“You turn me on are the opening words of a well known song by Simple Minds. Said song (almost) shares it’s title with one time Saturday morning kids show Live & Kicking. The predecessor of this show was Going Live!, helmed by Phillip Schofield. The greyer than grey presenter was famously accosted by Fruitbat from Carter the Unstoppable Sex Machine at the Smash Hits Poll Winners Party in 1991. The song they, erm, played at that shindig was After The Watershed.”
For those of you who don’t know what The Beard is blethering on about, here’s the footage:
For reasons which are probably already pretty clear if you watched that all the way through, The Rolling Stones took out an injunction against the band to prevent it being played on the radio, and then took further legal action to make sure the song was thereafter credited to “Morrison, Carter, Richards and Jagger”. You’d have thought, given that “After the Watershed” came out in 1991, Richard Ashcroft might have learned something, wouldn’t you?. But no: six years later The Verve released “Bitter Sweet Symphony”, which, predictably, befell exactly the same fate for sampling The Stones’ manager Andrew Loog Oldham’s orchestral version of “The Last Time”.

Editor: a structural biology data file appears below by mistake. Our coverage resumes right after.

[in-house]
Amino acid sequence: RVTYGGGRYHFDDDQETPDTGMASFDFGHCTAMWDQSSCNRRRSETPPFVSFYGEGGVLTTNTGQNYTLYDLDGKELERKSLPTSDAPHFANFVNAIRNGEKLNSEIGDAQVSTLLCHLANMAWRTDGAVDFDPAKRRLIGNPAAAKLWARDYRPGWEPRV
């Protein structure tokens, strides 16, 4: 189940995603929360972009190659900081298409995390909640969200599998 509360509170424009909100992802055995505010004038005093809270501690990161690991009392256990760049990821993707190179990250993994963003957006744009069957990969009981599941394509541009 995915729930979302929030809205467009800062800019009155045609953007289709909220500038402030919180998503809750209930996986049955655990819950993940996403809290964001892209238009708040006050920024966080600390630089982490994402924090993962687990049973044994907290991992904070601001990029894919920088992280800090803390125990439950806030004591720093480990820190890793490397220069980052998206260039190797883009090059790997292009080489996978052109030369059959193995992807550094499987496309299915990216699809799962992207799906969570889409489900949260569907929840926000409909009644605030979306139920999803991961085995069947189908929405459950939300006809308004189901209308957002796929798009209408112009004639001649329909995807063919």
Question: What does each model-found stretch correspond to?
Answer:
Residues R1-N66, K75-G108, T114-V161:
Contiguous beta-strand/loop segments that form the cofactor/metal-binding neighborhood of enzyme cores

Time to pop back to babylotti again, for his third choice which was actually his second (I really don’t make this easy for myself, do I?)
“Because I meant to post it when ‘Radio, Radio’ was the chain, but it still is relevant with this thread, Latin Quarter’s ‘Radio Africa’. Wasn’t really a fan, but saw them at the Sheffield Leadmill years ago & have remembered that song ever since……”
Over now to The Great Gog, who was first to post a suggestion this week, which used to mean he got top billing, but hey-ho, times change, and now he finds himself the second of two songs in the fourth category. Nothing personal, mind, I thought this was one of the cleverest links this week:
“Well, Joni clearly believes herself to be an item of electrical equipment, and this is not a unique state for a recording artist to find themselves in. Remember Buggles? The “Video Killed The Radio Star” duo (there’s a Radio link I hadn’t thought of!)? Some people may be surprised to know that they recorded an album. Still more may be surprised to learn that they even made it as far as a second album. It is on this second album where Trevor Horn rather robotically advises the listener that “I Am A Camera”. It was released as a single but didn’t trouble the Charts at all.”